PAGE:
Honor the victims of Las Vegas by taking on the NRA

Keep your thoughts and prayers. And remember that talk is cheap

By D. Watkins

Editor at Large

Published October 3, 2017 6:59PM (EDT)

People scramble for shelter after gunfire at a country music festival on October 1, 2017. (Getty/David Becker)
People scramble for shelter after gunfire at a country music festival on October 1, 2017. (Getty/David Becker)

On Sunday night, a gunman in Vegas opened fire on a country music festival in Las Vegas, killing at least 58 people and injuring more than 515 others. In response, President Donald Trump addressed the nation saying, "In times such as these I know we are searching for some kind of meaning in the chaos, some kind of light in the darkness. The answers do not come easy. But we can take solace knowing that even the darkest space can be brightened by a single light, and even the most terrible despair can be illuminated by a single ray of hope."

The statement was kind of poetic from a monosyllabic guy who is usually the exact opposite. I’d never question Trump’s ability to empathize, even after his harsh Puerto Rico comments. But his message was off. We don’t need poems right now; we need action.

Paul Ryan also released a tweet that was just as, if not more, ineffective as the statement from the White House.

“America woke up to heartbreaking news from Las Vegas. We stand united in our shock, our condolences, & our prayers.”

Poetic statements, tweets and prayers are not going to solve any problems. There are too many people on Capitol Hill and around the White House too scared to take a firm stance against senseless gun violence, introduce policy or do anything more than run their mouths. When will they wake up? When will they stand up to the biggest impediment to tougher gun laws in this country: The National Rifle Association?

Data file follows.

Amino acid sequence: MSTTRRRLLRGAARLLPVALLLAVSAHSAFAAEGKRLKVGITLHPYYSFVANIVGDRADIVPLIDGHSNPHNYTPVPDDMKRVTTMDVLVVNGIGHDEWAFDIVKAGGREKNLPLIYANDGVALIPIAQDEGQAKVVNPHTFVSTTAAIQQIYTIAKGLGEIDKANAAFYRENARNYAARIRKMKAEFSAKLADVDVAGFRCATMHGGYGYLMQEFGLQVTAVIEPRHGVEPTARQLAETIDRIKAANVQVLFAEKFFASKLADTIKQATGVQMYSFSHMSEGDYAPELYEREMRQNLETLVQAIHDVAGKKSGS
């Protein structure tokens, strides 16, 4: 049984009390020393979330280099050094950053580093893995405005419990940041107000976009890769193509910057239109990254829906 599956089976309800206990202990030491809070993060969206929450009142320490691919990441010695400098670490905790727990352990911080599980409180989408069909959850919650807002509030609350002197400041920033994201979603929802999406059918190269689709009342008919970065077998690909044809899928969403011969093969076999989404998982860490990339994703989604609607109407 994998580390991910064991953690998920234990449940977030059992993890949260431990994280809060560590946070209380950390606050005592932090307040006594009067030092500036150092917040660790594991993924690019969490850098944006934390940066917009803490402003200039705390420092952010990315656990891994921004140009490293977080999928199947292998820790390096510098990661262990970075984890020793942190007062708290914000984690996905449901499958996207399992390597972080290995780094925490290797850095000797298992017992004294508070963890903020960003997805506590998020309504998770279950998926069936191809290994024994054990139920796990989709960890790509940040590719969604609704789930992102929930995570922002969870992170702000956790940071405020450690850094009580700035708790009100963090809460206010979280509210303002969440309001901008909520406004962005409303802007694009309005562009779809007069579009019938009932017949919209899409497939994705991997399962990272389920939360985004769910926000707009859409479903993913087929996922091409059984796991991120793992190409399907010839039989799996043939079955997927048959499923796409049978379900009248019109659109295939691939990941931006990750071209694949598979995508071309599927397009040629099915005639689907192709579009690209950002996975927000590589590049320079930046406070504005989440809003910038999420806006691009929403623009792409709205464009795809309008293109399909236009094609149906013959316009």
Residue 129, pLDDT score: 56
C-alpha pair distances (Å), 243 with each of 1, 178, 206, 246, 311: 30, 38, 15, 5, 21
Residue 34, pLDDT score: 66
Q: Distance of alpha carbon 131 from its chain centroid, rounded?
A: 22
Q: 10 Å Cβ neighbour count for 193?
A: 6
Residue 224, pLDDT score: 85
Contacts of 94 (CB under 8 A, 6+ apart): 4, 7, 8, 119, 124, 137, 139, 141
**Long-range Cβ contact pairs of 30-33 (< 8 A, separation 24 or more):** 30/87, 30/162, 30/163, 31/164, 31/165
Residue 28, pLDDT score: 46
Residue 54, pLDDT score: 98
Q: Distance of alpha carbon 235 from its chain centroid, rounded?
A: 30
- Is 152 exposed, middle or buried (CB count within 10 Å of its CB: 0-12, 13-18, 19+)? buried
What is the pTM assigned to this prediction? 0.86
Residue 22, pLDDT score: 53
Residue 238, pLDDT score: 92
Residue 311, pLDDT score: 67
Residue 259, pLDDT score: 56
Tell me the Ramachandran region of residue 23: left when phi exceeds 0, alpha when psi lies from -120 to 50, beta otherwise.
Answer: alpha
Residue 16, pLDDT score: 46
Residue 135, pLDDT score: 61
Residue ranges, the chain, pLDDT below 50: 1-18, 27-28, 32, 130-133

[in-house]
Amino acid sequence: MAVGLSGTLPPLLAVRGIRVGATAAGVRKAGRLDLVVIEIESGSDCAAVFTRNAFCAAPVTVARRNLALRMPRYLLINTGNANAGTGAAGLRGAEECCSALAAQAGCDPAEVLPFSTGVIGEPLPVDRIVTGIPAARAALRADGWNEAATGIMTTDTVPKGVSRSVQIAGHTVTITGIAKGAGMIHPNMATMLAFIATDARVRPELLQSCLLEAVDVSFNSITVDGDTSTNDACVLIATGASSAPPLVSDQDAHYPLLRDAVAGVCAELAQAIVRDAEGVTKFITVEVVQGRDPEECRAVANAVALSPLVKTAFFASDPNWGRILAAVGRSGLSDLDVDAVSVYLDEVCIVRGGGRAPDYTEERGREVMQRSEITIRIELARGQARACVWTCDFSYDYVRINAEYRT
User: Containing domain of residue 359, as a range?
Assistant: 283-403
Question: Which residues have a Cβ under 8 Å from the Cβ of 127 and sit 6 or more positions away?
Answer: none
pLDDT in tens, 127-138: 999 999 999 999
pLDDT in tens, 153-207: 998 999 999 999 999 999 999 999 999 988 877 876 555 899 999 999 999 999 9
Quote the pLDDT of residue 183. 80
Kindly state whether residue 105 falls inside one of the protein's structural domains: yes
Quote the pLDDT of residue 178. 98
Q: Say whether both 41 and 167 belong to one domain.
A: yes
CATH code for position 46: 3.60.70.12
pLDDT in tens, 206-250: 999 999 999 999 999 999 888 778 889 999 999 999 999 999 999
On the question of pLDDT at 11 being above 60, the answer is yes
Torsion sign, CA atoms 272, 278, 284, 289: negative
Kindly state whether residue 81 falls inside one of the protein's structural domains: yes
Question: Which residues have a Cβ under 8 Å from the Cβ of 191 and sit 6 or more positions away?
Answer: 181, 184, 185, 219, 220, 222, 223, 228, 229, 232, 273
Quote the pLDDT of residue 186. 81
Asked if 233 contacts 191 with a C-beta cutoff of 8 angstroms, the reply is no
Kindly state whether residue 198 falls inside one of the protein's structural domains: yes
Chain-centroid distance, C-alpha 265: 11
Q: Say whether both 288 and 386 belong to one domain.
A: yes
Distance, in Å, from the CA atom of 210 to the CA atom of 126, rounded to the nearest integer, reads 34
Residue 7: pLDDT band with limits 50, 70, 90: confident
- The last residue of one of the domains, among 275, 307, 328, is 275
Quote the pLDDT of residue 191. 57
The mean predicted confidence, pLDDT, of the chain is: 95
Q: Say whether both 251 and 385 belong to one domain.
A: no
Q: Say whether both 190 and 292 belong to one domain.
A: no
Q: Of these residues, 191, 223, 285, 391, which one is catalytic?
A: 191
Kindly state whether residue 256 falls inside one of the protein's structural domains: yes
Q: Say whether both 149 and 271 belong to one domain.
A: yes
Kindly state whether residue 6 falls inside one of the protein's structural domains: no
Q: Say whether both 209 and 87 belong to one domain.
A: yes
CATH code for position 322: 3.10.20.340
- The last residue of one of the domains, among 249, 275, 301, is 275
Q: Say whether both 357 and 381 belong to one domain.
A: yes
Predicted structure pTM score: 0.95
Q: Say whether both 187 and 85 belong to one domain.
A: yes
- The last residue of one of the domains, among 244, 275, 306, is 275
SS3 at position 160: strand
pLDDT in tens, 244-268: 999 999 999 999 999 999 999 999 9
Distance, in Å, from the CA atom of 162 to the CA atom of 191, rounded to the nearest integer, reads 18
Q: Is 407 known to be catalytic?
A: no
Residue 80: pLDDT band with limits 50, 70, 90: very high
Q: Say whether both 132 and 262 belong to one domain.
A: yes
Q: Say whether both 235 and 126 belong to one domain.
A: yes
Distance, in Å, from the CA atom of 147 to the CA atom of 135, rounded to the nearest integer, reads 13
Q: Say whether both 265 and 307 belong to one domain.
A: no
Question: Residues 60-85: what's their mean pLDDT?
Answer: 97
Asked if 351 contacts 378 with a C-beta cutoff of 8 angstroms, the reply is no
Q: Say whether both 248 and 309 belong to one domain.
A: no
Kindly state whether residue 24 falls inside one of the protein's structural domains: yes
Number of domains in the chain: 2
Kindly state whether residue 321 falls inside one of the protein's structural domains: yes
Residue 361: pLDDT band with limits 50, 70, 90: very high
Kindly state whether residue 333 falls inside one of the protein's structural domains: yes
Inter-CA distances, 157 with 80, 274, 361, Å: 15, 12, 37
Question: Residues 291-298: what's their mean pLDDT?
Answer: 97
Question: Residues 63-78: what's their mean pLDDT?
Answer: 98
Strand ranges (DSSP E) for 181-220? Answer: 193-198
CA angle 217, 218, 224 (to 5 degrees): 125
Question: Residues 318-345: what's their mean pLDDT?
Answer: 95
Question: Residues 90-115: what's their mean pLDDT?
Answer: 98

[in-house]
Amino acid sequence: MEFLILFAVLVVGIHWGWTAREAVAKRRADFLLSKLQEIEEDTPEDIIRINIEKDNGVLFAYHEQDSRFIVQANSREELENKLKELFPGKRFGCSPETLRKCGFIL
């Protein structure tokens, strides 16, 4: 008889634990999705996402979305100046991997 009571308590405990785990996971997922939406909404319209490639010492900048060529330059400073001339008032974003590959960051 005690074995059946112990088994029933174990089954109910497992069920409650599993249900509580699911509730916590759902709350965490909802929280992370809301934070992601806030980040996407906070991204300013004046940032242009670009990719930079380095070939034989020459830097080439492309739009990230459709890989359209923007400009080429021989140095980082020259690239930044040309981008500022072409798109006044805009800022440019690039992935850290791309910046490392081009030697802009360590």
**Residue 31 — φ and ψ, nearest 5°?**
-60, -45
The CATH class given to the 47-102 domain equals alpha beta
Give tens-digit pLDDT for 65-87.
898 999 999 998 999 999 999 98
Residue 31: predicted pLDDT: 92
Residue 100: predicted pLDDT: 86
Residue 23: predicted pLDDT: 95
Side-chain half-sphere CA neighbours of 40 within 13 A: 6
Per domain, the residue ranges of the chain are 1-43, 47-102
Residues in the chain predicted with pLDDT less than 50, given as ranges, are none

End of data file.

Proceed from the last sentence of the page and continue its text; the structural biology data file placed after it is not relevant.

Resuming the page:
And exactly where is the NRA anyway?

For an organization that says it wants guns everywhere, an event like this results in little pushback.

Whenever these mass shootings occur, the gun lobby doesn't do anything of substance. There are the empty statements omitting their role in the tragedies and ignoring that the victims died at the hands of that which the NRA loves so much: the guns purchased at the shows they promoted, showcased on their social media and celebrated as a part of their culture.

But then, the NRA gets defensive when someone talks about tougher gun laws, telling people to not be so hasty, while using the same tired arguments about hunting and protecting their families. To them I ask: What are your families doing that's so extreme you need guns for protection, especially if you live in the middle of America? Hunters and recreational shooters don’t need semi-automatic weapons. Gun owners who ignore these horrific events are a part of the problem.

Yes, I do understand that all gun owners aren’t participating in mass shootings, but too many are happening. According to the Gun Violence Archive, there have already been over 270 mass shootings in America this year. (The site defines mass shooting as four or more individuals being shot or killed at the same general time and location.) It's way too easy to shoot someone these days.

Here's where the NRA's favorite talking point falls short: Even if everyone were armed at the festival, this shooting could not have been prevented, because no one knew where the bullets were coming from.

Trump and Ryan — and every other politician who refuses to challenge the NRA and gun culture in general — will forever have blood on their hands for not trying to stop the NRA.

They can keep their prayers and well wishes to themselves, because that won’t bring back any of the people we lost.

By D. Watkins

D. Watkins is an Editor at Large for Salon. He is also a writer on the HBO limited series "We Own This City" and a professor at the University of Baltimore. Watkins is the author of the award-winning, New York Times best-selling memoirs “The Beast Side: Living  (and Dying) While Black in America”, "The Cook Up: A Crack Rock Memoir," "Where Tomorrows Aren't Promised: A Memoir of Survival and Hope" as well as "We Speak For Ourselves: How Woke Culture Prohibits Progress." His new books, "Black Boy Smile: A Memoir in Moments," and "The Wire: A Complete Visual History" are out now.

MORE FROM D. Watkins

Related Topics ------------------------------------------

Donald Trump Gun Control Gun Lobby Las Vegas Las Vegas Shooting Nra Paul Ryan Pro-gun Lobby